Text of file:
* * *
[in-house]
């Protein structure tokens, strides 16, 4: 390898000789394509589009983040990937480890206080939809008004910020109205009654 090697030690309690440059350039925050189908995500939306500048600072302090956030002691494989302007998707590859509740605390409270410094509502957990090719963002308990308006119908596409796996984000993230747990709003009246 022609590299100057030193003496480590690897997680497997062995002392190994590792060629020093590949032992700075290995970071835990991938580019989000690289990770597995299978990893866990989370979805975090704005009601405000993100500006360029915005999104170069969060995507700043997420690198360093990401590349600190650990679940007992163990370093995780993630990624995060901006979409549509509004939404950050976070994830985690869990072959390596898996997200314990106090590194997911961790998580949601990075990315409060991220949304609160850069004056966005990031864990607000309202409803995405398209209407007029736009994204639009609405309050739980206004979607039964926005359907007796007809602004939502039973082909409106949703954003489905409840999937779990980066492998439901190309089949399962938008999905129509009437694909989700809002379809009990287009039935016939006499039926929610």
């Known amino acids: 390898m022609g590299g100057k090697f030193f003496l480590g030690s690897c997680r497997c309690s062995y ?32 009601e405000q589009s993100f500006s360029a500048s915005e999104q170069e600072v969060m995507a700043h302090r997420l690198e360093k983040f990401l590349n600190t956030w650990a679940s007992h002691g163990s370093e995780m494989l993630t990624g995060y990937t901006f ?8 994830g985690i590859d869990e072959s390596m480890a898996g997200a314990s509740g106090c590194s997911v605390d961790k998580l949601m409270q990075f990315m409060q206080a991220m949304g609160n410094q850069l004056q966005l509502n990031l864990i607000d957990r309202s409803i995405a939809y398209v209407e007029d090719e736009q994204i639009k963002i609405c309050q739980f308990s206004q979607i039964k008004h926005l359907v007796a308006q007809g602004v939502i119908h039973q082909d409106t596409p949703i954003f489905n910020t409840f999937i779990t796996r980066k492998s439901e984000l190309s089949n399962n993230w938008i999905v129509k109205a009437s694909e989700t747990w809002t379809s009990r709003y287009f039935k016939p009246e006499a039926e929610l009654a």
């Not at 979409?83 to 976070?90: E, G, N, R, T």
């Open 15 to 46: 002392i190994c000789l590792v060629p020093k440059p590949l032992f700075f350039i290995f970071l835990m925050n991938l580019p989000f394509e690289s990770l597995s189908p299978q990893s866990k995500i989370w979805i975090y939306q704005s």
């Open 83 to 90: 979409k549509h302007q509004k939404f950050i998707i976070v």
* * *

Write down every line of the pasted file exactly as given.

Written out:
[in-house]
């Protein structure tokens, strides 16, 4: 390898000789394509589009983040990937480890206080939809008004910020109205009654 090697030690309690440059350039925050189908995500939306500048600072302090956030002691494989302007998707590859509740605390409270410094509502957990090719963002308990308006119908596409796996984000993230747990709003009246 022609590299100057030193003496480590690897997680497997062995002392190994590792060629020093590949032992700075290995970071835990991938580019989000690289990770597995299978990893866990989370979805975090704005009601405000993100500006360029915005999104170069969060995507700043997420690198360093990401590349600190650990679940007992163990370093995780993630990624995060901006979409549509509004939404950050976070994830985690869990072959390596898996997200314990106090590194997911961790998580949601990075990315409060991220949304609160850069004056966005990031864990607000309202409803995405398209209407007029736009994204639009609405309050739980206004979607039964926005359907007796007809602004939502039973082909409106949703954003489905409840999937779990980066492998439901190309089949399962938008999905129509009437694909989700809002379809009990287009039935016939006499039926929610």
């Known amino acids: 390898m022609g590299g100057k090697f030193f003496l480590g030690s690897c997680r497997c309690s062995y ?32 009601e405000q589009s993100f500006s360029a500048s915005e999104q170069e600072v969060m995507a700043h302090r997420l690198e360093k983040f990401l590349n600190t956030w650990a679940s007992h002691g163990s370093e995780m494989l993630t990624g995060y990937t901006f ?8 994830g985690i590859d869990e072959s390596m480890a898996g997200a314990s509740g106090c590194s997911v605390d961790k998580l949601m409270q990075f990315m409060q206080a991220m949304g609160n410094q850069l004056q966005l509502n990031l864990i607000d957990r309202s409803i995405a939809y398209v209407e007029d090719e736009q994204i639009k963002i609405c309050q739980f308990s206004q979607i039964k008004h926005l359907v007796a308006q007809g602004v939502i119908h039973q082909d409106t596409p949703i954003f489905n910020t409840f999937i779990t796996r980066k492998s439901e984000l190309s089949n399962n993230w938008i999905v129509k109205a009437s694909e989700t747990w809002t379809s009990r709003y287009f039935k016939p009246e006499a039926e929610l009654a």
């Not at 979409?83 to 976070?90: E, G, N, R, T």
């Open 15 to 46: 002392i190994c000789l590792v060629p020093k440059p590949l032992f700075f350039i290995f970071l835990m925050n991938l580019p989000f394509e690289s990770l597995s189908p299978q990893s866990k995500i989370w979805i975090y939306q704005s």
């Open 83 to 90: 979409k549509h302007q509004k939404f950050i998707i976070v």